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Key Words: Global economy will ‘crumble’ if Fed doesn’t stop hiking interest rates, billionaire investor Sternlicht says


““They are going to cause unbelievable calamities if they keep up their action, and not just here, all over the globe,” ”

— Barry Sternlicht, CEO, Starwood Capital Group 

Billionaire Barry Sternlicht, the chief executive officer and chairman of property investor Starwood Capital Group, has jumped aboard the bandwagon of people calling on the Federal Reserve to ease off its aggressive interest-rate hikes before something, somewhere, breaks.

Speaking Tuesday during an interview with CNBC’s “Squawk Box,” Sternlicht said the Fed should pause to assess how its interest-rate hikes are impacting the economy, and that Federal Reserve Chairman Jerome Powell has already done “enough” to curb inflation.

The billionaire private-equity and real-estate investor said Fed may be misunderstanding the factors underpinning the global inflationary wave that saw consumer-price growth accelerate to its fastest level in more than 40 years.

While others have focused on rising prices of crude oil and other commodities, Sternlicht blamed the massive fiscal stimulus packages approved by Congress and Presidents Donald Trump and Joe Biden.

“Now that we’re building momentum and people are getting employed and wages are rising, they want to stomp on the whole thing and end the party,” he said.

Sternlicht also cautioned the Fed to take a pause and assess how interest-rate hikes are impacting the real economy. Typically, higher rates take longer to feed through to the underlying economy, while the impact on stock and bond markets can be felt almost immediately, he said.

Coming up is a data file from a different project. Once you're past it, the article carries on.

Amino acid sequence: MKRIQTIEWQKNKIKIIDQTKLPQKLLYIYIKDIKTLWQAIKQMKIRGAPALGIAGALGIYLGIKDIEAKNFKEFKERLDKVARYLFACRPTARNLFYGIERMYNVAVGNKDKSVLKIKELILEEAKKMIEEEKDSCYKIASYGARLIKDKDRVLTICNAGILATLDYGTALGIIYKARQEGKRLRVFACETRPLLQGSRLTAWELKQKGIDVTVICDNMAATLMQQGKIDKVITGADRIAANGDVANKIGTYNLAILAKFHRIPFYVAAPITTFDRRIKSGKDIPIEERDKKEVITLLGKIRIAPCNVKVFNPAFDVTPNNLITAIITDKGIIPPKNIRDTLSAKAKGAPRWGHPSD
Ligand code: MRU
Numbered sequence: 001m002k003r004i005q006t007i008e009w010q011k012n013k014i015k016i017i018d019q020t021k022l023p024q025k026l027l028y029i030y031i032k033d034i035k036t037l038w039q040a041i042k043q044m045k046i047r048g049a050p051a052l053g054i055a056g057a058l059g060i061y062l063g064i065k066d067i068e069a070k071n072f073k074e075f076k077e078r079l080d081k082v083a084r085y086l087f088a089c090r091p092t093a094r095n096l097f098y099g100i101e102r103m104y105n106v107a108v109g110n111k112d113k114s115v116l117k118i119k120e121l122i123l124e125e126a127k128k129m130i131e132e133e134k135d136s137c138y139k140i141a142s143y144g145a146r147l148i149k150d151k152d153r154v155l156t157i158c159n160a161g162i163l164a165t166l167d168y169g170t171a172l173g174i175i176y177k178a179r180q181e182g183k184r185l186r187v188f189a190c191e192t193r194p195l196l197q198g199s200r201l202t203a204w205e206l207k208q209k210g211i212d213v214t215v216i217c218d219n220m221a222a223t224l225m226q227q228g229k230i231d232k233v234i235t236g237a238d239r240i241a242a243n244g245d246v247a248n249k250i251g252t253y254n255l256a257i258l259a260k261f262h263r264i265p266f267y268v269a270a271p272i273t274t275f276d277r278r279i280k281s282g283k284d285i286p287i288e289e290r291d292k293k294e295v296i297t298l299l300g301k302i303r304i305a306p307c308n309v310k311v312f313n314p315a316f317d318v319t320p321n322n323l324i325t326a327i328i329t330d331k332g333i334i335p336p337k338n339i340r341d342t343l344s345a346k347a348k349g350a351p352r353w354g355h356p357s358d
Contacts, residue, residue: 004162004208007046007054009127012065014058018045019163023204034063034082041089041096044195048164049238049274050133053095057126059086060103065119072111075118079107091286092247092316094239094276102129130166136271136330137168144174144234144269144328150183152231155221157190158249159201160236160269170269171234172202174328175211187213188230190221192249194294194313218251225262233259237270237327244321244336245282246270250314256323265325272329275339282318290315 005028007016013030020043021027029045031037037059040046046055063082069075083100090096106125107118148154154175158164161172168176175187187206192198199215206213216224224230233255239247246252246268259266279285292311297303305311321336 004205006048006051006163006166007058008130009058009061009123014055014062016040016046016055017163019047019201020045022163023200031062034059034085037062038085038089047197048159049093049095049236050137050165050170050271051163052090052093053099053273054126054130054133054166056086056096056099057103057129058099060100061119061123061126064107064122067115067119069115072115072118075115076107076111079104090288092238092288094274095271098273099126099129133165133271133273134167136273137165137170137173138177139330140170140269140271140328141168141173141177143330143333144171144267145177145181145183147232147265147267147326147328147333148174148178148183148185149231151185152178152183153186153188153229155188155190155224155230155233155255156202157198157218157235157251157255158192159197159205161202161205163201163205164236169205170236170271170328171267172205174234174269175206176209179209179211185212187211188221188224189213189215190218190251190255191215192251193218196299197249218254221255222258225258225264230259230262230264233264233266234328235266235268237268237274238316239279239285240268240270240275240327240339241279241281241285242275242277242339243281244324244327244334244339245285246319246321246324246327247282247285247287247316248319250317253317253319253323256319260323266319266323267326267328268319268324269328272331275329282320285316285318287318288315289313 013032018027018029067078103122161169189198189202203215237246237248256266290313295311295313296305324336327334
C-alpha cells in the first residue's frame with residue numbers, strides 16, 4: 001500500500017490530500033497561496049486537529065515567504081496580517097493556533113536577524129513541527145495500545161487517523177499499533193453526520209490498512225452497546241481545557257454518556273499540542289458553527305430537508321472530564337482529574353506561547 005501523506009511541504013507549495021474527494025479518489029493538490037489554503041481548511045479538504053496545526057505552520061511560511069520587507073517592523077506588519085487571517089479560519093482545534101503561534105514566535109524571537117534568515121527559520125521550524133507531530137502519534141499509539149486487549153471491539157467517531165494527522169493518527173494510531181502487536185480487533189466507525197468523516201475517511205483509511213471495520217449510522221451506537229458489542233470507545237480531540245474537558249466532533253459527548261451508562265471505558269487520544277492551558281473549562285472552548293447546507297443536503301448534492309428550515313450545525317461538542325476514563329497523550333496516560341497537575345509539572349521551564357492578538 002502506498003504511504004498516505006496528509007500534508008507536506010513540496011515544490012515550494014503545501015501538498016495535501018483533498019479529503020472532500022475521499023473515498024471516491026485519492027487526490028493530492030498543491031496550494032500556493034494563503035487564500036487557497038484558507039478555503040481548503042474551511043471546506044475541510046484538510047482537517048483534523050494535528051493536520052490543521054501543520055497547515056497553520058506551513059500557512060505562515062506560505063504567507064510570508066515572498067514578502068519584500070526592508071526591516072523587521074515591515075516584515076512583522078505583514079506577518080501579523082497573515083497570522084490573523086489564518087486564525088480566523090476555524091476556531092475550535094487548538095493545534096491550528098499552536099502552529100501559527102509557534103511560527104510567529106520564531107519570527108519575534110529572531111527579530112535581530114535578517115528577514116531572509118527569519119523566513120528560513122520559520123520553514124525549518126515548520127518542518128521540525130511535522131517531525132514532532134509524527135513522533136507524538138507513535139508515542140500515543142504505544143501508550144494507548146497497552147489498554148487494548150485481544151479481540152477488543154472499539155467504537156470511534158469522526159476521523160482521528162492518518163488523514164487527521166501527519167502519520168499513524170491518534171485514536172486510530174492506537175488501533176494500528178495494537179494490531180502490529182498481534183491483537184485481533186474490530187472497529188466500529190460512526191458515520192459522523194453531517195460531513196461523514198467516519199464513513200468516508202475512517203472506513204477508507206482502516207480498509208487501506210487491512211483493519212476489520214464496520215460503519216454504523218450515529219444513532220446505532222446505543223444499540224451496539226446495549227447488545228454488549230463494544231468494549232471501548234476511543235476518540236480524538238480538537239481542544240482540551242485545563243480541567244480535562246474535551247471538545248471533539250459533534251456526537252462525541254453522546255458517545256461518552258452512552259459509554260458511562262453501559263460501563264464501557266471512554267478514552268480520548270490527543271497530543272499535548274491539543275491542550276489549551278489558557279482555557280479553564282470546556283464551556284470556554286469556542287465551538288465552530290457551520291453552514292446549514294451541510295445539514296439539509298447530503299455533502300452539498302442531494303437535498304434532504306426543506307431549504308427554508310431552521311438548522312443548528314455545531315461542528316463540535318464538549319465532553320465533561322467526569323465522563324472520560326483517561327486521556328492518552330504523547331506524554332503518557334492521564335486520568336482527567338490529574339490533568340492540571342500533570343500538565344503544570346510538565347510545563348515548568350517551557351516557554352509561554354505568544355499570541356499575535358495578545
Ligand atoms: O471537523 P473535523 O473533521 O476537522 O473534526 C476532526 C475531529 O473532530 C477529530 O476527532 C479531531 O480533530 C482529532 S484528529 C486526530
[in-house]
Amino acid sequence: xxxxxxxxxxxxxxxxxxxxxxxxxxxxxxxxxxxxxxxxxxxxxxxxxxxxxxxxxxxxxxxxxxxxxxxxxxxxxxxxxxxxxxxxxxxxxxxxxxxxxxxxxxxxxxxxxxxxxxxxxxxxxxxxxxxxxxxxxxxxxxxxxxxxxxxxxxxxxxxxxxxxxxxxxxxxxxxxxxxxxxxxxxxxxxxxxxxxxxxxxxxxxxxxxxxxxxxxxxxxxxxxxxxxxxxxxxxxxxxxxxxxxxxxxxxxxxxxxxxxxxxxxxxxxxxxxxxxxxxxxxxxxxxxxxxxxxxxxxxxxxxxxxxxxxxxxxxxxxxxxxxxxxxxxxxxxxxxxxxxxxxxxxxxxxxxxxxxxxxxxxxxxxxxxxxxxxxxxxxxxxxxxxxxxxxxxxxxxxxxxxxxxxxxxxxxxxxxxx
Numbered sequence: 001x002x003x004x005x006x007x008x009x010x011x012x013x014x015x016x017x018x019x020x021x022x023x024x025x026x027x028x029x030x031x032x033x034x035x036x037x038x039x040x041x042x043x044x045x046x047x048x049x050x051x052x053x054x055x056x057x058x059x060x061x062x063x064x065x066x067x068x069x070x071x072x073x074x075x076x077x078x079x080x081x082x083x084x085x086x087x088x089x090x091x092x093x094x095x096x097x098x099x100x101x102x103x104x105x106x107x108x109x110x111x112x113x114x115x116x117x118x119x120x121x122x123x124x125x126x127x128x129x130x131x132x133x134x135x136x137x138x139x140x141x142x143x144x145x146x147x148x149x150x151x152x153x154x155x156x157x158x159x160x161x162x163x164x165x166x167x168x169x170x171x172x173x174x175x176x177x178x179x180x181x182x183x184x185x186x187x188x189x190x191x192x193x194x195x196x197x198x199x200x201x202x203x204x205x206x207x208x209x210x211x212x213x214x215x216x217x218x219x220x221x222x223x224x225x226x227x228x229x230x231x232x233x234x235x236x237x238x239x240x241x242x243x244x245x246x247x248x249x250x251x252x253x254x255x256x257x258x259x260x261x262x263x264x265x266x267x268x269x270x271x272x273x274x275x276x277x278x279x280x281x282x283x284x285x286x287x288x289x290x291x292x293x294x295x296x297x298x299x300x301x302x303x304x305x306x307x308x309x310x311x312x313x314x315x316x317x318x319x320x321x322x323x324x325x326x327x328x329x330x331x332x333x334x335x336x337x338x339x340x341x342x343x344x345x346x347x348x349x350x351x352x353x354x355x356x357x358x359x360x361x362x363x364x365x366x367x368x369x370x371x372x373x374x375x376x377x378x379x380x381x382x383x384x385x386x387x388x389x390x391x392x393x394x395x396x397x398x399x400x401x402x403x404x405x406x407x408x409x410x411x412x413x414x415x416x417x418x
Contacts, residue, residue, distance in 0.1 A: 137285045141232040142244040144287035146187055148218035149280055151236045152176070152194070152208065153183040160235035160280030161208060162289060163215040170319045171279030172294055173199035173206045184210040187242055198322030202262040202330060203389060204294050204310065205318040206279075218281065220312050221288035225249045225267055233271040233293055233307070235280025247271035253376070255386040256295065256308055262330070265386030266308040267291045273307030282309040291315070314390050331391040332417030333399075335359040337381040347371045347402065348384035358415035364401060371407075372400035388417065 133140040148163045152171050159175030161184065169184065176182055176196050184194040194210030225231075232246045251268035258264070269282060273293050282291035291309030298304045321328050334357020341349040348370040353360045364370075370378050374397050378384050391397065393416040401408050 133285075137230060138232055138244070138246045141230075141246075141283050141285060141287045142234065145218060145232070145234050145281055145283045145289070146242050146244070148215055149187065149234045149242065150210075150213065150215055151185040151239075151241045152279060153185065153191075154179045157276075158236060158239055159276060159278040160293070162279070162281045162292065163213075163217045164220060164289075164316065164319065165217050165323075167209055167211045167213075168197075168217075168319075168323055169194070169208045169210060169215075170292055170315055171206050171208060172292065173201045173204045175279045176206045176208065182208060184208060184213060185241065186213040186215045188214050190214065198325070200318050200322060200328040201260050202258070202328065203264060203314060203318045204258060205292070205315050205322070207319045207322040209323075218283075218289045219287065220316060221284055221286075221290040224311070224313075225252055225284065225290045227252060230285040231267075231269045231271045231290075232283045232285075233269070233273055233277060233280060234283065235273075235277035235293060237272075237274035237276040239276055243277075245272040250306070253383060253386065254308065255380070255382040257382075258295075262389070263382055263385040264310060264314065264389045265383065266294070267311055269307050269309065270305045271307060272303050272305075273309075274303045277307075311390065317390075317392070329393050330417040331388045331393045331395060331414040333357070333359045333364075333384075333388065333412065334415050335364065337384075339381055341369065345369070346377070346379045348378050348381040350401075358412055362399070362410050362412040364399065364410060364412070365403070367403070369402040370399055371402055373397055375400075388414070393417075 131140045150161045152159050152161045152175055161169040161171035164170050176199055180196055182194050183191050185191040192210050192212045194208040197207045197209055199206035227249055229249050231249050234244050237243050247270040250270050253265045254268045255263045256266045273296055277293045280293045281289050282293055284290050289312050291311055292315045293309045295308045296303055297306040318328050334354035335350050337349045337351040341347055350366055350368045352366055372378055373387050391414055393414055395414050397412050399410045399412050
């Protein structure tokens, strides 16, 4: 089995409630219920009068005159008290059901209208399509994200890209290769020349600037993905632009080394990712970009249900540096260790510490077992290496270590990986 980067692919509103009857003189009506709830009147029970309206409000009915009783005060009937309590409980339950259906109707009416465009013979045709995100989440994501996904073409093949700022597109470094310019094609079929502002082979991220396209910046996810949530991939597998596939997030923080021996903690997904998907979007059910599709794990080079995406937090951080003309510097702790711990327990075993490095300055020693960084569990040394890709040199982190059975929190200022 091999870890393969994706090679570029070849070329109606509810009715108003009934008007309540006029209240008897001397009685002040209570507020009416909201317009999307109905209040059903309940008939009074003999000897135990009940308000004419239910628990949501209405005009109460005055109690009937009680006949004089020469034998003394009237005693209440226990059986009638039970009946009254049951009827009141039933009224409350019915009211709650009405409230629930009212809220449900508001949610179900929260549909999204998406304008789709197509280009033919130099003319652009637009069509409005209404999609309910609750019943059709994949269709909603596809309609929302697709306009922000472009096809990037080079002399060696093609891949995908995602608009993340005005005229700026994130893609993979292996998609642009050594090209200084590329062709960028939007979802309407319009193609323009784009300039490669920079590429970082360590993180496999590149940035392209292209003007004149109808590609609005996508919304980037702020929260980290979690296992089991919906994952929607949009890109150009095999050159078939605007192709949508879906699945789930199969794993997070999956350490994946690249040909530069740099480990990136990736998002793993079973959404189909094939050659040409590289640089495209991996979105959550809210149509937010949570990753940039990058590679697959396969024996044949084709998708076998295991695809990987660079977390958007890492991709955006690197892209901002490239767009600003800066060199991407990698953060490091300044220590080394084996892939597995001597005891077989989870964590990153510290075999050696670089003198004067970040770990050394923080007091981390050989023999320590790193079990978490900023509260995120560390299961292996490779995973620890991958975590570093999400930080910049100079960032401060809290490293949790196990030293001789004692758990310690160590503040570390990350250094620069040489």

“You’re going to see the roll over of the economy. They’re going to have to lower rates because the economy will crumble. Who would run a business like this?”

Sternlicht is hardly the first CNBC guest to complain about the aggressive tightening of monetary policy seen this year. The Fed has already delivered three 75 basis-point interest rate hikes this year, and Fed funds futures markets are pricing in a more than 60% chance of a fourth after the central bank’s November meeting.

Late last month, Wharton professor Jeremy Siegel accused the Fed of making one of the biggest policy mistakes in its 110-year history by waiting too long to tackle inflation.

And now, Siegel said, the Fed is aiming to make working people pay for its error in judgment.

See: Wharton’s Jeremy Siegel accuses Fed of making one of the biggest policy mistakes in its 110-year history

Hopes that the Fed could be headed for a “pivot” toward less-aggressive rate hikes have helped U.S. stocks surge since the start of October, with the Dow Jones Industrial Average

on track for its biggest back-to-back gains in more than two-and-a-half years.

The S&P 500

rose 2.8% on Tuesday to 3,780, the Dow

gained 2.5% to 30,240 and the Nasdaq Composite

rose 3% to 11,139.

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